Join us in marking Black History Month 2023. Black History Month provides us with the opportunity to celebrate and learn about the many achievements, investments, and contributions of Vancouver’s Black and African diasporic communities, even while these communities have endured historical and continuing inequality, oppression, and erasure.
This Black History Month, we are:
It is not sufficient to simply observe Black History Month and recognize the contributions of leaders from the Black and African Diaspora community. We must make a consistent effort to acknowledge, empower, and value the perspectives and experiences of all individuals in the Black community every day.
The City of Vancouver recognizes that it has played a role in perpetuating discrimination against Black and African diaspora communities and is committed to addressing anti-Black racism in all its forms. We are actively working to address the recommendations made by the community and make necessary changes to combat systemic racism. Find out more about the steps we have taken in advancing reconciliation, anti-racism, and equity actions.
A pioneering figure in Canadian sports and education, she was the first black woman to represent Canada in an international competition.
Throughout her 40-year teaching career, Barbara inspired countless students and worked to promote equity and inclusivity in the classroom. Her contributions to both sports and education were recognized throughout her life and posthumously.
We renamed the Cambie Street Plaza in her honor to commemorate her legacy as a pioneer in Canadian sports and education, inspiring future generations.
A trailblazer in politics and a champion for the Black community in Vancouver. He was the first Black member of the Legislative Assembly of British Columbia, representing the double-member riding of Vancouver Centre. Throughout his career, Barnes advocated for marginalized communities, emphasizing human rights, and world peace.
He dedicated his life to serving others, and his legacy inspires future generations. The City of Vancouver established a park in Barnes' memory to commemorate his contributions to the city and recognize his impact on the Black community in Vancouver.
A pioneering figure in the Vancouver community known for her role in operating the popular Southern-style restaurant, Vie's Chicken and Steak House, in the historically Black neighborhood of Hogan's Alley. The restaurant was a cultural hub, attracting locals and touring entertainers such as Lena Horne, Sammy Davis Jr, Louis Armstrong, and Jimi Hendrix, and served as a place for people from all walks of life to gather, socialize, and share stories.
In honor of her contributions, the City of Vancouver placed a commemorative plaque to commemorate her impact on the cultural richness and importance of Hogan's Alley neighborhood.
- Hogan's Alley External website, opens in new tab
- Hogan's Alley Society External website, opens in new tab
- The Canadian Encyclopedia – Black History in Canada External website, opens in new tab
- BC's Black Pioneers: Their Industry and Character Influenced the Vision of Canada External website, opens in new tab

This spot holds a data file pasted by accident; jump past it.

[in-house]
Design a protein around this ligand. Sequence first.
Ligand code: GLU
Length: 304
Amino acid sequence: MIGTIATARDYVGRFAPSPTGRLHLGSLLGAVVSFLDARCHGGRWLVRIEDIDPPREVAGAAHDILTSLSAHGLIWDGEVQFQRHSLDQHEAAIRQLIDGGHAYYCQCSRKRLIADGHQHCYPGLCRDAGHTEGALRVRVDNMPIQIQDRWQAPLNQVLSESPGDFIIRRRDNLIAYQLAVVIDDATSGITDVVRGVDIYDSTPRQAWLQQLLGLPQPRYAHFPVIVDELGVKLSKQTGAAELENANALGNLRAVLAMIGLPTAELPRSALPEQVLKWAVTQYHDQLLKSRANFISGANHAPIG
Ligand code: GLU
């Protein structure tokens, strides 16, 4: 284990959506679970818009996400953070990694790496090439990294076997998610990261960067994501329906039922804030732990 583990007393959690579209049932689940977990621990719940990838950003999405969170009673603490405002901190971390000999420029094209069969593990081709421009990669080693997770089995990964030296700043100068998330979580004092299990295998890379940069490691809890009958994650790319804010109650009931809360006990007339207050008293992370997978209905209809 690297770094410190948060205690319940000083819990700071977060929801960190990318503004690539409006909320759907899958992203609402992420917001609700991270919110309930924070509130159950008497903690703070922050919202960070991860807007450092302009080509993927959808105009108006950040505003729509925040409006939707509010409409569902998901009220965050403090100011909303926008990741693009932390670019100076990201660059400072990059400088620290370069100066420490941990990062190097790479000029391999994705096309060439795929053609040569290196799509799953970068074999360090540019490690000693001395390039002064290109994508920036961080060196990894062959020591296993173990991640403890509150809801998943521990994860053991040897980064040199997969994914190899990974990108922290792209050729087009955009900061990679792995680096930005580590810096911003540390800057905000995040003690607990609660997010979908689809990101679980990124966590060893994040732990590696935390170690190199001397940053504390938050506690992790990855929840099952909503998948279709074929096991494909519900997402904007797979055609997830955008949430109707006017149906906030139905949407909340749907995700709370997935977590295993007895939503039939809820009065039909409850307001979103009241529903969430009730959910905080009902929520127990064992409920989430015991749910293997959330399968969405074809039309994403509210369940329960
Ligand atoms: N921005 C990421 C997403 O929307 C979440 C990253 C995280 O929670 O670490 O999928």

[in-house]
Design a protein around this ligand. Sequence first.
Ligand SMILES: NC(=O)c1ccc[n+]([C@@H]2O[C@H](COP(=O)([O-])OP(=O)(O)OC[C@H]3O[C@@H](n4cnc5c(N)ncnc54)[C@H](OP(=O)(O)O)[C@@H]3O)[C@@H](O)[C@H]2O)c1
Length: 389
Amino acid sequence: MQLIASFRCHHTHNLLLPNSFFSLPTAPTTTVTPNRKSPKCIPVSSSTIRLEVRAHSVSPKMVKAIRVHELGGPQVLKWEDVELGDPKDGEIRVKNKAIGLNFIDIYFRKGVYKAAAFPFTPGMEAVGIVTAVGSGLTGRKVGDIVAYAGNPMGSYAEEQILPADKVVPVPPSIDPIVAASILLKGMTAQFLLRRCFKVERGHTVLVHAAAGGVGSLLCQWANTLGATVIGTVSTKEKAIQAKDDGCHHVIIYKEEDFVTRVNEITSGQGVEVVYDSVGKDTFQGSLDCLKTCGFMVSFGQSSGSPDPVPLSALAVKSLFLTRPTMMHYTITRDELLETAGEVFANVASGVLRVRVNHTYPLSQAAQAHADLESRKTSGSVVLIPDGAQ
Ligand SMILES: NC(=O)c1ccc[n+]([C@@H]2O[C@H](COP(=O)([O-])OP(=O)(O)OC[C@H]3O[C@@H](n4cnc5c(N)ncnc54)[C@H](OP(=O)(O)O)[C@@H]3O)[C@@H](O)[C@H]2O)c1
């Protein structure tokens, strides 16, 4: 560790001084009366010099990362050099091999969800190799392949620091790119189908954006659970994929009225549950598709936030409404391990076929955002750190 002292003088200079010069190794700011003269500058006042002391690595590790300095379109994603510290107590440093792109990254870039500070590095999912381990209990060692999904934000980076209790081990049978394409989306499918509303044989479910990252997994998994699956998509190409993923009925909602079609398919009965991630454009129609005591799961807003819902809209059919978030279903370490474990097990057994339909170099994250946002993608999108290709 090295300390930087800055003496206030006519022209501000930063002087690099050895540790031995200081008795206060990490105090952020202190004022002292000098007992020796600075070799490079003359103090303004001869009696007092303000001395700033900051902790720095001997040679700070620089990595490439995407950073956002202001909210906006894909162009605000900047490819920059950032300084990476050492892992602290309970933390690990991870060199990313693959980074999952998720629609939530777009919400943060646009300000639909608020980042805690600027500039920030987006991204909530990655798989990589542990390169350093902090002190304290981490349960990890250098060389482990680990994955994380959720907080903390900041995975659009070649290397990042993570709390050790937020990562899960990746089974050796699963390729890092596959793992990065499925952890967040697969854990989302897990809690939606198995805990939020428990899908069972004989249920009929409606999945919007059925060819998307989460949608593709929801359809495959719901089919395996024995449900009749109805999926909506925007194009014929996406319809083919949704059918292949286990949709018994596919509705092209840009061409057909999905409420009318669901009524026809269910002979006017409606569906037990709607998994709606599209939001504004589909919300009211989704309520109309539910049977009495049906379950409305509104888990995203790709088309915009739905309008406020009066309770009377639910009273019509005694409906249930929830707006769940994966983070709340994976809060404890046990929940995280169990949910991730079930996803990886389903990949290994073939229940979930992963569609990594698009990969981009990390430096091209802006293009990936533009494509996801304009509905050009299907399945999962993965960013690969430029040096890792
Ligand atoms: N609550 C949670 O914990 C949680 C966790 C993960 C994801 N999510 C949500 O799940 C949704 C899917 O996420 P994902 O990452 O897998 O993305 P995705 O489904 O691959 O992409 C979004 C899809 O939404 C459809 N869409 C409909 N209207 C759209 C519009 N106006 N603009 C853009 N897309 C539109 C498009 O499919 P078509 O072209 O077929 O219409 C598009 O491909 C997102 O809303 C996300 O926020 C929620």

- To understand BC’s Black history, connect past and present External website, opens in new tab
- The New African Diaspora in Vancouver: Migration, Exclusion and Belonging, by Gillian Creese External website, opens in new tab
- Secret Vancouver: Return to Hogan’s Alley (video) External website, opens in new tab
- BC’s Black Pioneer Women, the Tyee External website, opens in new tab
- Massy Books: Black History Month book list External website, opens in new tab
- Black Business Global: Black-owned business directory External website, opens in new tab
Black history in Vancouver
BC has a rich Black history dating back to Canada’s colonial origins. In 1858, nearly 800 free Black people left the oppressive racial conditions of San Francisco for a new life on Vancouver Island. These pioneers enriched the socio-economic life in their community, overcoming intense discrimination and adversity. From the 1920s to the 1960s, Vancouver’s Black Community clustered in the East End, with its nucleus at a site known as Hogan’s Alley, and became a thriving Black community and cultural hub.
In 1967, the decision to expand the highway system through Vancouver resulted in the expropriation of land and buildings in this area to make way for the construction of the Georgia and Dunsmuir Viaducts, resulting in the loss of homes and businesses. The Black Community was uprooted from this area and an identifiable Black neighbourhood has not re-emerged in Vancouver.
Black History Month was recognized by the Government of Canada in the House of Commons in 1995. The motion was introduced by the Honourable Jean Augustine, the first Black Canadian woman elected to parliament. Vancouver City Council passed a motion in 2011, designating Black History Month one of its official celebrations. Every February, we celebrate the history, contributions, and culture of Black Canadians.
Work we are doing with the community
Issue date: January 29, 2023
This year, Canada Post’s 2023 Black History Month stamp features Chloe Cooley, who had a profound impact on the history of enslavement in Canada.
- Canada Post's article about Chloe Cooley External website, opens in new tab
- Canada Post's tribute video to Chloe Cooley External website, opens in new tab